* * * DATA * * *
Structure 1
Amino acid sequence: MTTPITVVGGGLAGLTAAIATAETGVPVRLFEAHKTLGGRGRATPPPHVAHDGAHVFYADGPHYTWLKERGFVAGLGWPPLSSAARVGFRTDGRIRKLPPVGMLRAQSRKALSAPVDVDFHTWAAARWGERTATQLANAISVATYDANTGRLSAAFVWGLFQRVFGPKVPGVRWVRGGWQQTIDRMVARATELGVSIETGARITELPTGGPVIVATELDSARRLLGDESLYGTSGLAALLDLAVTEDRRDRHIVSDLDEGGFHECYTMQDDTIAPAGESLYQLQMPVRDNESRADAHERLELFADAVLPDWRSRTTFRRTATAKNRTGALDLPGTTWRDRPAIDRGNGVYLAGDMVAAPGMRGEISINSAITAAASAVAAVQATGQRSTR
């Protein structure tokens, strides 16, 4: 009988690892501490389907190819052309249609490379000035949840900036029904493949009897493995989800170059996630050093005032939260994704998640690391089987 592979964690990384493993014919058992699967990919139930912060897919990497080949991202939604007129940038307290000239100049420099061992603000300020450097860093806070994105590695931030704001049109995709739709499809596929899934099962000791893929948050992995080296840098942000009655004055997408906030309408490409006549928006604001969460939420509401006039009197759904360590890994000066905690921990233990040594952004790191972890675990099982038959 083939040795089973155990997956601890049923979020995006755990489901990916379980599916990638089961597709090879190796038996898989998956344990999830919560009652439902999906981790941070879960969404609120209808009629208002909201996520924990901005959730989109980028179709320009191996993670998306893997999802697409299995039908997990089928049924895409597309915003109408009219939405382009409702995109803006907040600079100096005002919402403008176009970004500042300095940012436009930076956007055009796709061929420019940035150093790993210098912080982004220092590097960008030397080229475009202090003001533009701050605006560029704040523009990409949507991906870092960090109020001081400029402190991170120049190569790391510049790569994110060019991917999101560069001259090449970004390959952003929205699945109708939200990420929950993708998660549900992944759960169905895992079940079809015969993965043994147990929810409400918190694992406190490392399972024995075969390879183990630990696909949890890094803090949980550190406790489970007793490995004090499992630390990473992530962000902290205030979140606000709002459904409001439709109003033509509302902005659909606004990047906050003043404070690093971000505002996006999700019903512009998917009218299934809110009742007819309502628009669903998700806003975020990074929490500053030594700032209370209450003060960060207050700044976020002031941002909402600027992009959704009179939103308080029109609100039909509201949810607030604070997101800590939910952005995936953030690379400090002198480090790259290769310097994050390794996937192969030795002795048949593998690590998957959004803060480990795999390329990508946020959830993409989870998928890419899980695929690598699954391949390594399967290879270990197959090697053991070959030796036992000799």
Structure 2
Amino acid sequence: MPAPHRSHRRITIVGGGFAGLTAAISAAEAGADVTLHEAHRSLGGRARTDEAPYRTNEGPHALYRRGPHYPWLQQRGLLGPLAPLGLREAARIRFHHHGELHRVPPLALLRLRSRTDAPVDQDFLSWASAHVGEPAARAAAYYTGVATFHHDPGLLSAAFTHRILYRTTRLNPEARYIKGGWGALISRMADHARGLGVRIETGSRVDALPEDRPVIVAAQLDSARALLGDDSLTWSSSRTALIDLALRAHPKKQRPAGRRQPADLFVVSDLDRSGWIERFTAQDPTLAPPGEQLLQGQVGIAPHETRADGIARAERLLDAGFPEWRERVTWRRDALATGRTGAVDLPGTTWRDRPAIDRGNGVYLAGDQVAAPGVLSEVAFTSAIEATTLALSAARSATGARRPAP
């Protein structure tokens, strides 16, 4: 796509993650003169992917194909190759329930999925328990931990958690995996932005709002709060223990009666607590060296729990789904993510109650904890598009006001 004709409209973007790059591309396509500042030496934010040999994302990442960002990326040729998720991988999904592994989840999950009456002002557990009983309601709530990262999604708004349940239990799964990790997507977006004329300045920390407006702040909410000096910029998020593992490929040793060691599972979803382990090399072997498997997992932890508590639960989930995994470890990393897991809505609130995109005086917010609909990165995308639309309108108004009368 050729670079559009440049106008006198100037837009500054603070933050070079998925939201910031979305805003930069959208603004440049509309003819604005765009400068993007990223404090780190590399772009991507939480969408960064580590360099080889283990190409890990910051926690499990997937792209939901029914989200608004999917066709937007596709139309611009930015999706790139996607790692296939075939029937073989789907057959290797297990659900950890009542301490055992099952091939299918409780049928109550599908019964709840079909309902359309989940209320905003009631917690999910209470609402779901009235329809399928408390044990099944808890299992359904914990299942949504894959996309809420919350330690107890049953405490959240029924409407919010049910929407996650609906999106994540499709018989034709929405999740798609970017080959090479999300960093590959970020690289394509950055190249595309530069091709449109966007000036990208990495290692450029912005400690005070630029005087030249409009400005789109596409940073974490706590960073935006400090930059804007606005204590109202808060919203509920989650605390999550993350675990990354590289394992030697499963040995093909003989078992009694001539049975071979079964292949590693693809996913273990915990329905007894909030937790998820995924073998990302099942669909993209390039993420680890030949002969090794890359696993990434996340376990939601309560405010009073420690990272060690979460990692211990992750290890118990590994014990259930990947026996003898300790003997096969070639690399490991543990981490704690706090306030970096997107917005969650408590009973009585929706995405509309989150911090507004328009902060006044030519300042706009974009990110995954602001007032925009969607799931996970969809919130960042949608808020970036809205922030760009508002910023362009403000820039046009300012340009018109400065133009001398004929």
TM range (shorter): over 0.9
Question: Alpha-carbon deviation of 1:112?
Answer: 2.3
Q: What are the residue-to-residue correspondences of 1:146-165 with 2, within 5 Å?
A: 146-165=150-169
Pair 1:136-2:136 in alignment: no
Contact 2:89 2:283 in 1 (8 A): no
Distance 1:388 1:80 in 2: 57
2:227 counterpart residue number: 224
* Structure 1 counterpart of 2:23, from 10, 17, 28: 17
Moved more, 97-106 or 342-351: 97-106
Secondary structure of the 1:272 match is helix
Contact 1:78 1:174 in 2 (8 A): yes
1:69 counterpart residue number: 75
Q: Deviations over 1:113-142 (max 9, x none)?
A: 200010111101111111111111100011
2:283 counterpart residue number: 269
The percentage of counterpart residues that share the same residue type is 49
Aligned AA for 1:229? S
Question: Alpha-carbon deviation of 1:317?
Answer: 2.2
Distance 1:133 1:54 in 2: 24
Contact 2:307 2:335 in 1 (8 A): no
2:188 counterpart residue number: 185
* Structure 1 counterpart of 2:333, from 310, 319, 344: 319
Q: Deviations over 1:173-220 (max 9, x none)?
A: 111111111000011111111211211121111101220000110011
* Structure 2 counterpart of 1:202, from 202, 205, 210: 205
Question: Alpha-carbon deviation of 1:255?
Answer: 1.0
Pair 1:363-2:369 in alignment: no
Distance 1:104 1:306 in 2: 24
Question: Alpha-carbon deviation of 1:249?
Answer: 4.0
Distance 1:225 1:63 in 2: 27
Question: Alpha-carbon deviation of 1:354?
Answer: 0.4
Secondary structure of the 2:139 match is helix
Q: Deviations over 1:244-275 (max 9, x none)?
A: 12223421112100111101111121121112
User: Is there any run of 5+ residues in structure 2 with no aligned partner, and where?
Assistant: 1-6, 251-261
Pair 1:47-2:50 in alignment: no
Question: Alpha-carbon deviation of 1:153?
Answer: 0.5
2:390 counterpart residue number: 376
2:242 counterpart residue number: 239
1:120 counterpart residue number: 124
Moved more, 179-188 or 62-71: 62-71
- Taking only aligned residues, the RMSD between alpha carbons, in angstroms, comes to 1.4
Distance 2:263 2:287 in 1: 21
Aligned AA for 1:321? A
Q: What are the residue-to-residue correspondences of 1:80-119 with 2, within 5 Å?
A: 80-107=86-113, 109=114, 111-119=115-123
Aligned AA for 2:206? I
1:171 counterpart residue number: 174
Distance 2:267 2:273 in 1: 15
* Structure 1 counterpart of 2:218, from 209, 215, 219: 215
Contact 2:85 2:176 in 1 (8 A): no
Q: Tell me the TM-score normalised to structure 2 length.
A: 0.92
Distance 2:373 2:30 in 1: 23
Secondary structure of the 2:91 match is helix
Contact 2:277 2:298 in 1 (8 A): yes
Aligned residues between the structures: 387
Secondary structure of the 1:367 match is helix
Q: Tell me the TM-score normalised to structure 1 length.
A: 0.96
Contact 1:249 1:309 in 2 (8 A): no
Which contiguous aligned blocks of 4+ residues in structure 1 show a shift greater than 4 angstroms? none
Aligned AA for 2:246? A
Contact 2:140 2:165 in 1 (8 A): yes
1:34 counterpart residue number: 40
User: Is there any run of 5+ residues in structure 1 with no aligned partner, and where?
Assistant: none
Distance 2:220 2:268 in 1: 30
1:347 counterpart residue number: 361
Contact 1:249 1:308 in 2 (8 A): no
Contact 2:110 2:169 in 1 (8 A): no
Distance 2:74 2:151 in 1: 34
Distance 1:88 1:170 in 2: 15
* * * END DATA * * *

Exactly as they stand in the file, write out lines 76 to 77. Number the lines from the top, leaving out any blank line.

Which contiguous aligned blocks of 4+ residues in structure 1 show a shift greater than 4 angstroms? none
Aligned AA for 2:246? A